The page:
It is possible to define sheaves on a Grothendieck topology. Before doing so, let us recall the definition of a sheaf of sets on a topological space {X}.

Definition 1 A sheaf of sets {\mathcal{F}} assigns to each open set {U \subset X} a set {\mathcal{F}(U)} (called the set of sections over {U}) together with “restriction” maps {\mathrm{res}^U_V: \mathcal{F}(U) \rightarrow \mathcal{F}(V)} for inclusions {V \subset U} such that the following conditions are satisfied:

  • {\mathrm{res}^U_U = \mathrm{id}} and for a tower {W \subset V \subset U}, the composite {\mathrm{res}^V_W \circ \mathrm{res}^U_V } equals {\mathrm{res}^U_W}.
  • If {\left\{U_i\right\}} is a cover of {U \subset X}, then the map \displaystyle  \mathcal{F}(U) \rightarrow \prod \mathcal{F}(U_i) is injective, and the image consists of those families {f_i \in \mathcal{F}(U_i)} such that the restrictions to the intersections are equal \displaystyle \mathrm{res}^{U_i}_{U_i \cap U_j} f_i = \mathrm{res}^{U_j}_{U_i \cap U_j}

    In particular, this says that if we have a family of elements {f_i \in \mathcal{F}(U_i)} that satisfy the above gluing condition, then there is a unique {f \in \mathcal{F}(U)} which restricts to each of them.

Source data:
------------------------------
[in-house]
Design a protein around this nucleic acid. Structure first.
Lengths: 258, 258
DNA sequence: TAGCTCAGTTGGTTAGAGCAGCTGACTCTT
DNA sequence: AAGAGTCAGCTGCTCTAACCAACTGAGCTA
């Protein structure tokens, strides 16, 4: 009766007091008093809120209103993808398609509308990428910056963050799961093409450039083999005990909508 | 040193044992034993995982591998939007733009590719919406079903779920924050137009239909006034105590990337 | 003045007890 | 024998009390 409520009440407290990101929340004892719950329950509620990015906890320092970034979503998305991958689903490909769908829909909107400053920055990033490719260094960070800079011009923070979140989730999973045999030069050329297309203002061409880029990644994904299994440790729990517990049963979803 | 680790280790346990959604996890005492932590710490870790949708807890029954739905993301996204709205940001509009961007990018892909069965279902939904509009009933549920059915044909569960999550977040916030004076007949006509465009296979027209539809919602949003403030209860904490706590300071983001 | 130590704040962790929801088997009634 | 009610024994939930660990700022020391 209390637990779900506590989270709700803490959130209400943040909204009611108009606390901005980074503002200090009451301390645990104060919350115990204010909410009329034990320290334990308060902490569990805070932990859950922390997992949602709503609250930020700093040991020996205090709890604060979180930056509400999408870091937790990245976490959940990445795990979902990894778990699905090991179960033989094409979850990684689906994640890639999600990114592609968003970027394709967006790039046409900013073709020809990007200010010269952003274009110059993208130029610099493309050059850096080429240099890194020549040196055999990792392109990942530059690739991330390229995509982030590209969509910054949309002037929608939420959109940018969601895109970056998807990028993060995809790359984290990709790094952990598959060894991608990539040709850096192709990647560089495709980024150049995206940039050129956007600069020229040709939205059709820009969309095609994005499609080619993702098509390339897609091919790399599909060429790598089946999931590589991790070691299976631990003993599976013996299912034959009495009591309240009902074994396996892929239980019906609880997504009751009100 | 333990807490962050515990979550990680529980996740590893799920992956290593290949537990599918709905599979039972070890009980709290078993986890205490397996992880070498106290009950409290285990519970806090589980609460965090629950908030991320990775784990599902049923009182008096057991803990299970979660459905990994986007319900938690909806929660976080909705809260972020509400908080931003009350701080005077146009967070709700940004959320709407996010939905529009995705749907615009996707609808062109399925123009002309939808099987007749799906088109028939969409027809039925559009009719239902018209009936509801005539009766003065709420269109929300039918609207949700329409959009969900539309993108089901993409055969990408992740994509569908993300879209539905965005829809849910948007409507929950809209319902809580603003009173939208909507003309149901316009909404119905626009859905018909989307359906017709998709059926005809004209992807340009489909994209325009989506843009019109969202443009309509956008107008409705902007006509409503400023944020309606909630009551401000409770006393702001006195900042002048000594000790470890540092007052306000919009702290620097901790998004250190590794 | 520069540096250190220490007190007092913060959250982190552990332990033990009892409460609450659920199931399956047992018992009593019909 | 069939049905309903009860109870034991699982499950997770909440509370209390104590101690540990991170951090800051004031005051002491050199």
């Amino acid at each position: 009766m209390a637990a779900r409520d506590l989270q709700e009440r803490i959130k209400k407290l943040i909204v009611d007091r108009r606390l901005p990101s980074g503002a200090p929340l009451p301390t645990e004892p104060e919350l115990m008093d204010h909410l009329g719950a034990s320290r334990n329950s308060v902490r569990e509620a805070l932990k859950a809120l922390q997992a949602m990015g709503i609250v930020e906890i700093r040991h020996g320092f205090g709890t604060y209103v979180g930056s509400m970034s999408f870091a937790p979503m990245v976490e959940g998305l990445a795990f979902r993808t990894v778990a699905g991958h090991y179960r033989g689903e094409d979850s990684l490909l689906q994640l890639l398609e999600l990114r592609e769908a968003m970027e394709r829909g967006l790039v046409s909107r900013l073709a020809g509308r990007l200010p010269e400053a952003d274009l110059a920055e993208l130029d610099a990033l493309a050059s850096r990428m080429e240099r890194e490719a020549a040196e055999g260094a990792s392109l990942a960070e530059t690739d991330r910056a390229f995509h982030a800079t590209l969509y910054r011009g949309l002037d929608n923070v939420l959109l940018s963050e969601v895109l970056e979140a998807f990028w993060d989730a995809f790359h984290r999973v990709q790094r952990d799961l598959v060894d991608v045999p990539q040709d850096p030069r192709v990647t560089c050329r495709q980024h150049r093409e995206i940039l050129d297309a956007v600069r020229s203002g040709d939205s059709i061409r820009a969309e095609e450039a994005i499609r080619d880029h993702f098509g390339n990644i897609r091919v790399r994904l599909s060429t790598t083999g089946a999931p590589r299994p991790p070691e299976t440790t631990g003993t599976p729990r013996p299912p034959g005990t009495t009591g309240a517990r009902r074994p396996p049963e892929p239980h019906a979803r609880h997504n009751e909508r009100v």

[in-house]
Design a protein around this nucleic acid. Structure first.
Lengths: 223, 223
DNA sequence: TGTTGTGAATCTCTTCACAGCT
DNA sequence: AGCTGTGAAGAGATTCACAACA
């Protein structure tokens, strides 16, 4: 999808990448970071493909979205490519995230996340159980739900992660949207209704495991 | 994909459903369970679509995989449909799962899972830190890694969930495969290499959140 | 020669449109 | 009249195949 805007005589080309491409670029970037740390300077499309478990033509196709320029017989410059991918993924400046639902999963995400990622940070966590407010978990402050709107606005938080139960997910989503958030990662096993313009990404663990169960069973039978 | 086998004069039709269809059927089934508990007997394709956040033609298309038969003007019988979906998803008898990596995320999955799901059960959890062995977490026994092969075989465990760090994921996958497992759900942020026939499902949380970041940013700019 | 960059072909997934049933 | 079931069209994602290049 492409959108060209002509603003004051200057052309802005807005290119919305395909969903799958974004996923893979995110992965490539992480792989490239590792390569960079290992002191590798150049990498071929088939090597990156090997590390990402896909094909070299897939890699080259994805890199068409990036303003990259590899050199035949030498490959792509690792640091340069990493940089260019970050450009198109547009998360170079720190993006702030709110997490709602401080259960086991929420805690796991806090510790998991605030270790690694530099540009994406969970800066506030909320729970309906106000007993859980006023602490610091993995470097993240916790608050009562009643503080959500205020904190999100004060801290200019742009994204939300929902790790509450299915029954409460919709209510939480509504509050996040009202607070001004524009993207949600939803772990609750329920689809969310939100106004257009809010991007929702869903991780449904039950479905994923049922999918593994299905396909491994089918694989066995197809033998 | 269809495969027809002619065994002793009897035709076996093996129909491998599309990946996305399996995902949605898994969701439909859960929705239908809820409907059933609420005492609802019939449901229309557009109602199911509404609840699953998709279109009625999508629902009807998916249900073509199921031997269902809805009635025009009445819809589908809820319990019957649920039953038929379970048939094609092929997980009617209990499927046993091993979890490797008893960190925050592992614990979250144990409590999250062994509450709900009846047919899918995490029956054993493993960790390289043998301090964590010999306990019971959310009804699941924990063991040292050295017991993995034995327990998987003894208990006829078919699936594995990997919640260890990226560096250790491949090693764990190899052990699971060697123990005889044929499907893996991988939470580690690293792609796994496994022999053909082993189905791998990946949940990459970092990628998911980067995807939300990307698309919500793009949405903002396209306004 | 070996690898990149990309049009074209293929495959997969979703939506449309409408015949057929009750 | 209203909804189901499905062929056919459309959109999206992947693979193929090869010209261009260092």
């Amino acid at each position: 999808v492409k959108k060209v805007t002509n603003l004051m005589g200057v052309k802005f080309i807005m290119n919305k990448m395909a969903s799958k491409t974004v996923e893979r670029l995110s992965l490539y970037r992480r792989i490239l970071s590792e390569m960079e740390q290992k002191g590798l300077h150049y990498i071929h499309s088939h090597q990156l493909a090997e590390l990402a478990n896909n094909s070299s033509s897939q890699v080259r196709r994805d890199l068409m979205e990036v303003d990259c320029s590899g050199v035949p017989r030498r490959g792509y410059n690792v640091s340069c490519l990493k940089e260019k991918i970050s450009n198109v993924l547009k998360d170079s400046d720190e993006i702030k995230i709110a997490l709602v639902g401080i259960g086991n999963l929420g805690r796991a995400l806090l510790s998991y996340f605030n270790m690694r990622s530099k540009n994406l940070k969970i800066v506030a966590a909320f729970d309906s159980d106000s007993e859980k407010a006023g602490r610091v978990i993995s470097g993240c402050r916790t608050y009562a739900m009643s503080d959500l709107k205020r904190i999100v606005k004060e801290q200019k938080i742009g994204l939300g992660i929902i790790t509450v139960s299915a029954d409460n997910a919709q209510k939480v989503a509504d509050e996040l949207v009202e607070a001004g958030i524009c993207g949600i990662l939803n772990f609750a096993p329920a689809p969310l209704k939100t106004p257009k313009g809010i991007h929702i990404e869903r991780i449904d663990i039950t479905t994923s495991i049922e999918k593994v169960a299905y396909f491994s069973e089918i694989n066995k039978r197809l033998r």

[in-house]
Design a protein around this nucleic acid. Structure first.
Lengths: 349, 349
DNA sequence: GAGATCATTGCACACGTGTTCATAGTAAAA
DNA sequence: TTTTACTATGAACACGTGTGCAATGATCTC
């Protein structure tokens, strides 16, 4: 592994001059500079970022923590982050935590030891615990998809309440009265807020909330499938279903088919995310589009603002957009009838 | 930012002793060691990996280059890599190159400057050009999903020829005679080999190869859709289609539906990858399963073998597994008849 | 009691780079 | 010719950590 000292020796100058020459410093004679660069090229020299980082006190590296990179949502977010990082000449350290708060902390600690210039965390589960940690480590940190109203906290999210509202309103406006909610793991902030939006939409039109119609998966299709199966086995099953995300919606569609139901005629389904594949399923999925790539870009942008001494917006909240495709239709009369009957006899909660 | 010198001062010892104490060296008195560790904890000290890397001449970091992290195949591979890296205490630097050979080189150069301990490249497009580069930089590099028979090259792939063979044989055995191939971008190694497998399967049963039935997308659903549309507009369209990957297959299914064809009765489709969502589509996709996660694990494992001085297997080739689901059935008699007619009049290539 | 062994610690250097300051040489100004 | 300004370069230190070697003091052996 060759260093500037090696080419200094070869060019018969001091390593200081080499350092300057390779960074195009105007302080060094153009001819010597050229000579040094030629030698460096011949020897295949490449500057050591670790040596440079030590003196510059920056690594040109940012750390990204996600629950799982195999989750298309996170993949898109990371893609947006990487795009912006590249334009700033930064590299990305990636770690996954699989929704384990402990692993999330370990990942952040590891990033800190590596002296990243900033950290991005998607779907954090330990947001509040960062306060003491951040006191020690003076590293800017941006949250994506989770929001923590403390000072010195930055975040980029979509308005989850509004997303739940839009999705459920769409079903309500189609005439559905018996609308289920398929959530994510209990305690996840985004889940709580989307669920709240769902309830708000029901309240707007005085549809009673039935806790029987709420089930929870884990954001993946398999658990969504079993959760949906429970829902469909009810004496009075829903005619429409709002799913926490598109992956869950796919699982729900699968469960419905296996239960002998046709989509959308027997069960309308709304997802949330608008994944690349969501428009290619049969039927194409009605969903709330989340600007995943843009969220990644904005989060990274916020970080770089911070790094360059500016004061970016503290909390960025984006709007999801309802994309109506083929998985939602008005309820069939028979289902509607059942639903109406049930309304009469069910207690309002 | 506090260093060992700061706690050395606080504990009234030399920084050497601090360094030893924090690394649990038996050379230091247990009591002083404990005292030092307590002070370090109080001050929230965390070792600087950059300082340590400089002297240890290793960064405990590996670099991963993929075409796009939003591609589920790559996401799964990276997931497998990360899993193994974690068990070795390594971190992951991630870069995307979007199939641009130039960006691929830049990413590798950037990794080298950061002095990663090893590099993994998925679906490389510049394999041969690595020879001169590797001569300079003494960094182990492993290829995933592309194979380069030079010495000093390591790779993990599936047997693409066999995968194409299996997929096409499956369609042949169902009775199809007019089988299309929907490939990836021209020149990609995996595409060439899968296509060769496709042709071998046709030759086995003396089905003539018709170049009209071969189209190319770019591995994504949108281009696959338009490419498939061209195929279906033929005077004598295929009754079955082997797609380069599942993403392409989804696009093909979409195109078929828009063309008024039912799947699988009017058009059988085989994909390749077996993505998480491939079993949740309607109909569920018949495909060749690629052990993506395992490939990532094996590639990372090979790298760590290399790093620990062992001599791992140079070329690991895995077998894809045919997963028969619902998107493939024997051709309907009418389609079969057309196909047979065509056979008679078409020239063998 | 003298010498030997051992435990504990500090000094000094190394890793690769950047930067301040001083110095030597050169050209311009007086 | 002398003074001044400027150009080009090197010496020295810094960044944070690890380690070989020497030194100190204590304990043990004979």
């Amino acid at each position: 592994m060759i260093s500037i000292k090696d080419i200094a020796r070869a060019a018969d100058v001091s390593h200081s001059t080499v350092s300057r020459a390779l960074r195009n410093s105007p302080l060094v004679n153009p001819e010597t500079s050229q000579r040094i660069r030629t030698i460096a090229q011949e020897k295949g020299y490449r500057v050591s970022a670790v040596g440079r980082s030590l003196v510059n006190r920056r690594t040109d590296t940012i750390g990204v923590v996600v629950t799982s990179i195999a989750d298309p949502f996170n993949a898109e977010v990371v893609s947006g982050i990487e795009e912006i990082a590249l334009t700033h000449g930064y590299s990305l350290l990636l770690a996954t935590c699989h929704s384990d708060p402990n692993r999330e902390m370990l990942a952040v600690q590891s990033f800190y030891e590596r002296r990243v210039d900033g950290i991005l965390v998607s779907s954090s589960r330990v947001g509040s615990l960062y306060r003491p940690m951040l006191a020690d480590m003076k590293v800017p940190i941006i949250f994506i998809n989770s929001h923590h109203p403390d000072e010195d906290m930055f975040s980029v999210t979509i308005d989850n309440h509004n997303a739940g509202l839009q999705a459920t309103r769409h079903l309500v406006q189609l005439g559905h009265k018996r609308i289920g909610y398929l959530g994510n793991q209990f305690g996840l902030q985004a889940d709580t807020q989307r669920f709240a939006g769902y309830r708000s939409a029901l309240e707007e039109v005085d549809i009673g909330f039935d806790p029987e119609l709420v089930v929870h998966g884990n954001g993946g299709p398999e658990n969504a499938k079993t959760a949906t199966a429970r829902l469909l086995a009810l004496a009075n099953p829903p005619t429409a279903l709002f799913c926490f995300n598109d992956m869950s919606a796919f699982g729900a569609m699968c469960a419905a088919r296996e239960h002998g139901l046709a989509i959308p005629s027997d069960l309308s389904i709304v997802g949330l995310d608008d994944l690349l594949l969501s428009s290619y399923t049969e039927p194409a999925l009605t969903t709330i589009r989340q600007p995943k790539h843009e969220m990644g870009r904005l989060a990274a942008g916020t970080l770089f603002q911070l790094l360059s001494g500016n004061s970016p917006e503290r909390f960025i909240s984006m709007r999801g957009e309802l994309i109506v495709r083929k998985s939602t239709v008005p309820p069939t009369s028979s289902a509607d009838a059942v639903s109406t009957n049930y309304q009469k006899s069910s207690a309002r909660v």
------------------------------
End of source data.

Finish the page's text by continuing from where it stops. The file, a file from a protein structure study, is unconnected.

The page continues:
An equivalent, and more elegant, way of stating the gluing condition is that

\displaystyle \mathcal{F}(U) \rightarrow \prod_I \mathcal{F}(U_i) \rightrightarrows \prod \mathcal{F}(U_i \cap U_j)

is an equalizer diagram of sets.

This definition was intended to be a review. The main point is that the only “topological notions” we actually used were:

  1. The intersections {U_i \cap U_j}
  2. The statement that {\left\{U_i\right\}} covered {U}.

However, we can express both categorically if we have a site {\mathfrak{C}}; the intersections are given by fibered products, and the covering is given by the Grothendieck topology.

Definition 2 Let {\mathfrak{C}} be a site. A sheaf of sets on {\mathfrak{C}} is a contravariant functor {\mathcal{F}: \mathfrak{C} \rightarrow \mathbf{Sets}} such that if {\left\{U_i \rightarrow U\right\}} is a covering, then the sequence\displaystyle \mathcal{F}(U) \rightarrow \prod_I \mathcal{F}(U_i) \rightrightarrows \prod \mathcal{F}(U_i \cap U_j)

is an equalizer diagram of sets.

The interpretation of the restriction maps as a contravariant functor makes the definition simpler. Note that a sheaf of sets on the category of open sets of a topological space {X} with the usual Grothendieck topology is the same thing as a sheaf of sets on the topological space itself; this is obvious from the definitions.

It is of course possible to define sheaves of abelian groups, rings, etc. on a site. The only extra condition is that, for a morphism {X \rightarrow Y} in the category, the “restriction” maps {\mathcal{F}(Y) \rightarrow \mathcal{F}(X)} are required to be homomorphisms of the requisite algebraic structure.

Recall that in standard algebraic geometry, we inevitably encounter presheaves. A presheaf is kind of like a sheaf in that there are restriction maps, but we do not require that sections can be glued. Similarly, we can define this on a site: